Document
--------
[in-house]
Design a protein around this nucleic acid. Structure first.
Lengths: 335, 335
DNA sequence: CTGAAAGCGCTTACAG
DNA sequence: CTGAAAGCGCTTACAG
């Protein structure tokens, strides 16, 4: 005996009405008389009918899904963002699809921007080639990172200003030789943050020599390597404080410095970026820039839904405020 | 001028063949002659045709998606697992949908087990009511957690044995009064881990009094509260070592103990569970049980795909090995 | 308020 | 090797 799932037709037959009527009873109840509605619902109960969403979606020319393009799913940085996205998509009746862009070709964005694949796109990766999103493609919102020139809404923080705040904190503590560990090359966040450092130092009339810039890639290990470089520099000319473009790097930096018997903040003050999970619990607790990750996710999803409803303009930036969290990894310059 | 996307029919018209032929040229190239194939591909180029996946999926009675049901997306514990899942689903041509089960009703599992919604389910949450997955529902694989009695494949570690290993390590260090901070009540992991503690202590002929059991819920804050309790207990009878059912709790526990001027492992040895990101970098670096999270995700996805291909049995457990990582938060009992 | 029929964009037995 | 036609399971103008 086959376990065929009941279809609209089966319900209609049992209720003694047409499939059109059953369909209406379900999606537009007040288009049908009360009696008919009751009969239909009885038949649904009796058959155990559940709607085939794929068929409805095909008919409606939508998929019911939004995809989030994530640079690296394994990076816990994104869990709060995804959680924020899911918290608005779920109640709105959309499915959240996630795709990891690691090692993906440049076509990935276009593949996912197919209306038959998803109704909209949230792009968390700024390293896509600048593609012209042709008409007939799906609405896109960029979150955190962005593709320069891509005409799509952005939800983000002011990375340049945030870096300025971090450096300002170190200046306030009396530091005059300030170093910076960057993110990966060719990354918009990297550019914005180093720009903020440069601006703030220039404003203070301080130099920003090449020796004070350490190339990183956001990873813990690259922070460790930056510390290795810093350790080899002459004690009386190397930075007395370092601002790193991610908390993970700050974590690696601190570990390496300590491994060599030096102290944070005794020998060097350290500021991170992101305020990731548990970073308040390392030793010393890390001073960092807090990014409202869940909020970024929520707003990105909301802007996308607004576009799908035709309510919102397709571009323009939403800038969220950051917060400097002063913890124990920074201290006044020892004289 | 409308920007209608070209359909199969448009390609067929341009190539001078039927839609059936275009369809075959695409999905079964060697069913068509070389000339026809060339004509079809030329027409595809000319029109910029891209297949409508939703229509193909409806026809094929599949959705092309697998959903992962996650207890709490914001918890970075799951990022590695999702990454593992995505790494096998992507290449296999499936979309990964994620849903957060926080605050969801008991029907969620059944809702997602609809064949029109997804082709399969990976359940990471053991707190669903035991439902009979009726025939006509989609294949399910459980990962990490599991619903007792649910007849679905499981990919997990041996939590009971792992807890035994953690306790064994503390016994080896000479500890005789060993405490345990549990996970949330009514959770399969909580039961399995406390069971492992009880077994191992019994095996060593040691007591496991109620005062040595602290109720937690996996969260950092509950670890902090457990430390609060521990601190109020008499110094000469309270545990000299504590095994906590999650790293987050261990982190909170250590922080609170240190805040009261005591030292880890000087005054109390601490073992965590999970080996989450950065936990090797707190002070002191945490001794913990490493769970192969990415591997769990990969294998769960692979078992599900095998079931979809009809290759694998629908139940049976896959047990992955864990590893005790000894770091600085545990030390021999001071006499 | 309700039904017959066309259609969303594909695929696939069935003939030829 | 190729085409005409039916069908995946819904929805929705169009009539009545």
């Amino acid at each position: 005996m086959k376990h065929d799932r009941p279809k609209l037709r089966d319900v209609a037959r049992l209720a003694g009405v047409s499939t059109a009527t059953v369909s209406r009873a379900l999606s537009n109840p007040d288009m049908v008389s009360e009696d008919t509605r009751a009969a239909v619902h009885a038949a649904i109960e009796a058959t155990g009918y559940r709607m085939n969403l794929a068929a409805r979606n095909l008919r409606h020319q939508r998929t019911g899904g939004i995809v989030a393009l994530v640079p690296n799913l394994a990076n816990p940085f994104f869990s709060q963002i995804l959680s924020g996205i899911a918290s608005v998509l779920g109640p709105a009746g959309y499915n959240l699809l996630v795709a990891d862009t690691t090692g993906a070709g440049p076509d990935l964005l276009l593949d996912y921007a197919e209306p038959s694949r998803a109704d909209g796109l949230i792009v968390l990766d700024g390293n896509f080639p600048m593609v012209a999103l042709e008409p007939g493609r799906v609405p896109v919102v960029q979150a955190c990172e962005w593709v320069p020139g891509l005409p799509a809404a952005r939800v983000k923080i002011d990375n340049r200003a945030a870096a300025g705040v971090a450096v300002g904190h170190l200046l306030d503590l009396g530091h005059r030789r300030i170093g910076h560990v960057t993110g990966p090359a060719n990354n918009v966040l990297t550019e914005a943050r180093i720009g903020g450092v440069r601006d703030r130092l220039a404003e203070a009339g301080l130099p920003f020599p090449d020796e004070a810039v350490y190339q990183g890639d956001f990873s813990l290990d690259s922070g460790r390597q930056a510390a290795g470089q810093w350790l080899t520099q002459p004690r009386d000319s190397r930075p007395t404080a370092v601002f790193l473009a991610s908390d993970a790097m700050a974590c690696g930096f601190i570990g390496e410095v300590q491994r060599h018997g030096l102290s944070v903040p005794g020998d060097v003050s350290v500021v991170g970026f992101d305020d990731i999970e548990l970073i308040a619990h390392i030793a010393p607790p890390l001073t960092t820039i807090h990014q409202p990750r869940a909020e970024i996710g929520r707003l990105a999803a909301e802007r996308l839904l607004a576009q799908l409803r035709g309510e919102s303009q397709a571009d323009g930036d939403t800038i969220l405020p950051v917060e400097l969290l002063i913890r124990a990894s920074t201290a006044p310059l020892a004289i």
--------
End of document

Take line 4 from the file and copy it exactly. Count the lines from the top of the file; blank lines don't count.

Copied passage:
DNA sequence: CTGAAAGCGCTTACAG